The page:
Friday, July 15, 2011

Weeds of the Balcony: What's Up Dauc?

One of the cedar planters has been rife with carrot-like seedlings all spring. I've been generally very relaxed about weeding, but I've been quite relentlessly pulling these guys because of their numbers.

I'm happy that I did leave one around to grow up, because for one thing I get to identify the plant, and for another, they're quite nice and the smaller pollinators love them.

Oh how I wish for Smell-o-vision. The scent is indescribable, but I love it.

It's wild carrot (Daucus carota). I guess the carrot-like appearance of the plant should have been a clue, but I like to be sure about these things. The plant is otherwise known as Queen Anne's Lace.

Apparently, they're good aphid repellents, which is fortunate since I do have a minor aphid problem.

One cool thing that I had never noticed before was that the umbrels nod and close up as the day ends, only to become erect and open up again as the sun rises. Pretty cool.

Feed me, Seymour!

Was the international biohazard symbol inspired by this?

According to some sites, young wild carrot (i.e., less than a year old) is just as edible as the cultivated kind that were derived from them, but I have also heard that it doesn't taste all that great. As with the velvetleaf, I plan on investigating.

It should be notic that a couple of deadly poisonous species of hemlock can be confused with wild carrot (here's a poison hemlock fact sheet), so if there are no more blog entries from me this fall, you'll know why :) Key differentiators: unlike hemlock, wild carrot roots smell like carrots and the stems are hairy; hemlock leaves smell musty while wild carrot leaves can smell like carrots; the central floret in the umbel of the wild carrot is often purple. The roots of the siblings of this plant that I've torn out definitely smell like carrots, the stems are very hairy, and the flower itself has a tiny purple floret, so I think I'm safe. Not sure about the carrot-scented leaf though; mine didn't smell of anything.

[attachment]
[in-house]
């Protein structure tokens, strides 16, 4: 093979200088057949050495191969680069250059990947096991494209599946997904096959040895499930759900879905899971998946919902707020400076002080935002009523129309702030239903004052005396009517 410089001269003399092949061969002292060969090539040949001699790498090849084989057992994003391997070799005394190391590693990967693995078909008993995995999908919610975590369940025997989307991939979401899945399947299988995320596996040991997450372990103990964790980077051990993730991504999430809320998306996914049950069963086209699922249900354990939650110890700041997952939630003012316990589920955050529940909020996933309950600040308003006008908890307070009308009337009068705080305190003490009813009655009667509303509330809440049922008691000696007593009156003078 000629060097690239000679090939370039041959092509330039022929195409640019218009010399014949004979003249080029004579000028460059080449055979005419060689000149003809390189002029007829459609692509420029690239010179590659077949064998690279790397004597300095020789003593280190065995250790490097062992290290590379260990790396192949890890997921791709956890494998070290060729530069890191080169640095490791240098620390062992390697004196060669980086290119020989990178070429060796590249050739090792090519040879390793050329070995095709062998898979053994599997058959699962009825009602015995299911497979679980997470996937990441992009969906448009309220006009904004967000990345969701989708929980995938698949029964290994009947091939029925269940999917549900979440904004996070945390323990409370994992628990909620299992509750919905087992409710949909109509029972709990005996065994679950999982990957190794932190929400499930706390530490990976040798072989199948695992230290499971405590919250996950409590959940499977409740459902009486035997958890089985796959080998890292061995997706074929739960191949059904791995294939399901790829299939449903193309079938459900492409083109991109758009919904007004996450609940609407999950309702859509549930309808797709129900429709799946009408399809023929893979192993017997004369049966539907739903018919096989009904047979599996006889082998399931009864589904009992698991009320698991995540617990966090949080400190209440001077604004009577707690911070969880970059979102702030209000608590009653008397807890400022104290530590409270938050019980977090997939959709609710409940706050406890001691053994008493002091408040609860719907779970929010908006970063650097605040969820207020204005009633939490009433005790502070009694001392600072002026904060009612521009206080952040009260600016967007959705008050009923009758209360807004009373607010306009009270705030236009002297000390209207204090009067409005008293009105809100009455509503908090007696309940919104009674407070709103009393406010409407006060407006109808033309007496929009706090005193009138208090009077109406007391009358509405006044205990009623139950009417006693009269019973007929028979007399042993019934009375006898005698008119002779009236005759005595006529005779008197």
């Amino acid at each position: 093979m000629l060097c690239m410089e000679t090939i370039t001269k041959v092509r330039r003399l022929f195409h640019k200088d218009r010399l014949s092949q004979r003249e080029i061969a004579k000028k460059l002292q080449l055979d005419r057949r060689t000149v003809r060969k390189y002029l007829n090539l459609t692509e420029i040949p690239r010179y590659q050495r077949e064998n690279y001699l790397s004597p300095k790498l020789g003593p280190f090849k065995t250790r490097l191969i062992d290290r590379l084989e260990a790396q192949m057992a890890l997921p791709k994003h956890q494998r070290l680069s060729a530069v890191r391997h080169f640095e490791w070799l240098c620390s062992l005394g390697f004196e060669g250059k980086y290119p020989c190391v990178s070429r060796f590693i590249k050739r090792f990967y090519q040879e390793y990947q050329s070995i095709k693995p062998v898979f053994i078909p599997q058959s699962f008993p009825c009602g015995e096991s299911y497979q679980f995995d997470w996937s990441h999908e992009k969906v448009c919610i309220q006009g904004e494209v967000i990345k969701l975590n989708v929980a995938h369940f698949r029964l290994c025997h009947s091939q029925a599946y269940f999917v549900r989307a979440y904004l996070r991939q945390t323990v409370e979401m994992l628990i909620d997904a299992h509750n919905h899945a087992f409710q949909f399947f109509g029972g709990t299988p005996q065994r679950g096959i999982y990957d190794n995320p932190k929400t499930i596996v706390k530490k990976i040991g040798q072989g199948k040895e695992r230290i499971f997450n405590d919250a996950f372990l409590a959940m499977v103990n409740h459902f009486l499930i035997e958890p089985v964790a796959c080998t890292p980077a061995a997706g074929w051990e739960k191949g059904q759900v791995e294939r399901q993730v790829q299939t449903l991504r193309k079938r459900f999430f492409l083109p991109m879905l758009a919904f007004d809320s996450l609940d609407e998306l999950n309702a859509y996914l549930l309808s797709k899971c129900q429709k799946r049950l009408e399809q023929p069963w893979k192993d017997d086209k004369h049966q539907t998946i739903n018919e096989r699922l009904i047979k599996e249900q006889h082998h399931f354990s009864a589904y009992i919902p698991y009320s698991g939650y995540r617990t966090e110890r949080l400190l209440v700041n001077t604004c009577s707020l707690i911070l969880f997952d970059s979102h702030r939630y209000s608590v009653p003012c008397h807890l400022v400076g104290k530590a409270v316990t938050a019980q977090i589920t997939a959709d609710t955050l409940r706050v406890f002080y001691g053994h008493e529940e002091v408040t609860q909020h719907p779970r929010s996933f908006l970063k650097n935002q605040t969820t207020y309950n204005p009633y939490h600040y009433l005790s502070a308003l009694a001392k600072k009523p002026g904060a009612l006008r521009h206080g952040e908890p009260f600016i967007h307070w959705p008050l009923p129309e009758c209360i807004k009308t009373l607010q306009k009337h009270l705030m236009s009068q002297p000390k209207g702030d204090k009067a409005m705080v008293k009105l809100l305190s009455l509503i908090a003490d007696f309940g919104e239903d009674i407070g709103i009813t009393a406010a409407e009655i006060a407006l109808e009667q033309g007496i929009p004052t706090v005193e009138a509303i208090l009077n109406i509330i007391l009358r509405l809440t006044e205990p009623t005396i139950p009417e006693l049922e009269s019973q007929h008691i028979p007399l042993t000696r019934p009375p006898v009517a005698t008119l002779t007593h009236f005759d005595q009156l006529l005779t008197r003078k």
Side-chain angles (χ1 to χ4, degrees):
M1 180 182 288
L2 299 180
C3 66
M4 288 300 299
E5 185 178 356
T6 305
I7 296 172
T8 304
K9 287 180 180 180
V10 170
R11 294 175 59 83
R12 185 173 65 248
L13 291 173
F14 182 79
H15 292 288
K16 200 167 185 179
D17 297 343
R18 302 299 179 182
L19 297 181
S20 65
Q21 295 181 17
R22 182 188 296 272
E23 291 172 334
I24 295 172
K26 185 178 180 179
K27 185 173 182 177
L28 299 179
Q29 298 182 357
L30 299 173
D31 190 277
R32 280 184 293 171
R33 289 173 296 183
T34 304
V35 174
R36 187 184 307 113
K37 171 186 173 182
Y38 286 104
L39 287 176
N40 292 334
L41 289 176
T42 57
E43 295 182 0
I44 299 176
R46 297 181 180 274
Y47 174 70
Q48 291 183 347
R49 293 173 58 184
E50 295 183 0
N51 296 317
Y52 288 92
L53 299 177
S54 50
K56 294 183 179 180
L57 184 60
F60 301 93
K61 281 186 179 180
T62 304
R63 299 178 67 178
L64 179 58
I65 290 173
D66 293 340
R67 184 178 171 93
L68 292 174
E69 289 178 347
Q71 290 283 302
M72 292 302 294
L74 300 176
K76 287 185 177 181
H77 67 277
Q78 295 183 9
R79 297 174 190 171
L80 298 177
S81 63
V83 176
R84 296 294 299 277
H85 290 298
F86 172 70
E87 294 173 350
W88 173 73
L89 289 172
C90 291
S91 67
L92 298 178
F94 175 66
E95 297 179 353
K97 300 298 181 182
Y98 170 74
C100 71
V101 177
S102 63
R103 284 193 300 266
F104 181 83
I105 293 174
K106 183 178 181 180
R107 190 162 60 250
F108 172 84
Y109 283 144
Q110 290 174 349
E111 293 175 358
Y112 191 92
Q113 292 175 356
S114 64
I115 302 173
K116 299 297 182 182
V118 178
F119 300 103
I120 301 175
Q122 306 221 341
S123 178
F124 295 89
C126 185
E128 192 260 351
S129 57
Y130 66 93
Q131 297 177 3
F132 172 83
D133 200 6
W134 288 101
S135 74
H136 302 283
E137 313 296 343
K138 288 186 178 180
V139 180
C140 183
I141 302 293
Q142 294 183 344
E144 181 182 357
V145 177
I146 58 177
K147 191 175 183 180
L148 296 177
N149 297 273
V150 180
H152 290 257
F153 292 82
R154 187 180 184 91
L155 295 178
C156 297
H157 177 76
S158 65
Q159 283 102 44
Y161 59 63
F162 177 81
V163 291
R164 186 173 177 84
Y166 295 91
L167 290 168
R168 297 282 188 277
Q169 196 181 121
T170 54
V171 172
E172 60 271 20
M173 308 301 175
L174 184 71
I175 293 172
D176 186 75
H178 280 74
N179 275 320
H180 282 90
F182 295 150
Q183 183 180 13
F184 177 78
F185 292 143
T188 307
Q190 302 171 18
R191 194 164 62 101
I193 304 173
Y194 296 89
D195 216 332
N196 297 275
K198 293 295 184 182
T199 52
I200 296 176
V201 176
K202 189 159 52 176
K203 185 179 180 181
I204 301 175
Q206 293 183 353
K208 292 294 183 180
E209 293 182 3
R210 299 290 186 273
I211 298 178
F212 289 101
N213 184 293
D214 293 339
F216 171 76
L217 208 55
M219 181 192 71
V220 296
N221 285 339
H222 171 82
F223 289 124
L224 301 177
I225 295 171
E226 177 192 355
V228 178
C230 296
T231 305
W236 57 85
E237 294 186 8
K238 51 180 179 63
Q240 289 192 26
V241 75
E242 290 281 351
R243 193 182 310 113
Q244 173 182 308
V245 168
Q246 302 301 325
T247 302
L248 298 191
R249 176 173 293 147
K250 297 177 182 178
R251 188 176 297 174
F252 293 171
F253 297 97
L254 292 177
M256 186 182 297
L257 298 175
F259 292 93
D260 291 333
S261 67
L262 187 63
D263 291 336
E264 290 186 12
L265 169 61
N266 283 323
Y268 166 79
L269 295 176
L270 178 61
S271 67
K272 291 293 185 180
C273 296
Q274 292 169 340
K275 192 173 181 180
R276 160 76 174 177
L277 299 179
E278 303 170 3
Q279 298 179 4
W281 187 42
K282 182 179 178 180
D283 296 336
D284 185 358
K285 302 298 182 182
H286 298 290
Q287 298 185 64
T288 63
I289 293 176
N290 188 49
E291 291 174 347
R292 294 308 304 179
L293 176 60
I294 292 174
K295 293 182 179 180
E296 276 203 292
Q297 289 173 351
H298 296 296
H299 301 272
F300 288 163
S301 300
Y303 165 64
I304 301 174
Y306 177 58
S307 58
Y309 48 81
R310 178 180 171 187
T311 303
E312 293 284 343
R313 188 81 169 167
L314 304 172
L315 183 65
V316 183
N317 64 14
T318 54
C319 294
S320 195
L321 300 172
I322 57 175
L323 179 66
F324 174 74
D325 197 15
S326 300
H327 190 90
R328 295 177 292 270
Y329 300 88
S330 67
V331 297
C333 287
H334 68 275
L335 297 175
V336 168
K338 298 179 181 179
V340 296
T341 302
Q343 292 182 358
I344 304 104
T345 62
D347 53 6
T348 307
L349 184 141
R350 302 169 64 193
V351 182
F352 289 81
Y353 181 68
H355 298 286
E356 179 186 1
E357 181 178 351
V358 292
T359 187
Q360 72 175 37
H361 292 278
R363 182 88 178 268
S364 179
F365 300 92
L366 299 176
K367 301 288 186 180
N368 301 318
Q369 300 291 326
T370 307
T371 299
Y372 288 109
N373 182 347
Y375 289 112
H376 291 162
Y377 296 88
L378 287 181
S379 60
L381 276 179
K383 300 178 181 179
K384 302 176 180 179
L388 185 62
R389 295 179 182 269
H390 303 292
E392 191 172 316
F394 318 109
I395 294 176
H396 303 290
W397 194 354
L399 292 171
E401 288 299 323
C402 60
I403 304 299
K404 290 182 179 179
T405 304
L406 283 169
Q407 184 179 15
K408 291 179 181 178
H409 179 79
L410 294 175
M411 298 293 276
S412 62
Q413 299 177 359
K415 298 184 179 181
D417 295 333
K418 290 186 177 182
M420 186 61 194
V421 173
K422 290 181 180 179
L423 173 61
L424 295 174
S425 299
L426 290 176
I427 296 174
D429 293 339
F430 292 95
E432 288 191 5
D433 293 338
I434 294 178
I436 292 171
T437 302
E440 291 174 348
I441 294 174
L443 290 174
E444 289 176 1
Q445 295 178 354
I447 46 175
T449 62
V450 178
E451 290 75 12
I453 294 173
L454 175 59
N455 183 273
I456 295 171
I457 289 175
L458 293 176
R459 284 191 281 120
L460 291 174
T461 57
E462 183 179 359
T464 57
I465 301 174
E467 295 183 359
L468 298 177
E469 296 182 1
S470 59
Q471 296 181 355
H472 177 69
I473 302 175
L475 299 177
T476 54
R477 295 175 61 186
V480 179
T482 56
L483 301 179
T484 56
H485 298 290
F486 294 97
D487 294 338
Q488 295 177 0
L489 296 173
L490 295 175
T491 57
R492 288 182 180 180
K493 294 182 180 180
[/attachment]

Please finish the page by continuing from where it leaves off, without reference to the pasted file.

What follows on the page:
Hairy legs = good

Spot the purple central floret 0_o

A winner is you!
Whether or not I eat it, I quite liked Queen Anne's Lace when I was young and I like them still, especially the architectural quality of the bracts, but the plants themselves can get quite big. I'll have to keep an eye on it to make sure it doesn't get out of control.

Speaking of out of control, remember that lovely Epilobium I posted about last month? A week ago, it started setting seed on the main stalk, flowering from side shoots, and generally growing like a house on fire. I had to finally tear it out before it bullied the rest of the plants into submission. The way the seed pods opened was fascinating, though.

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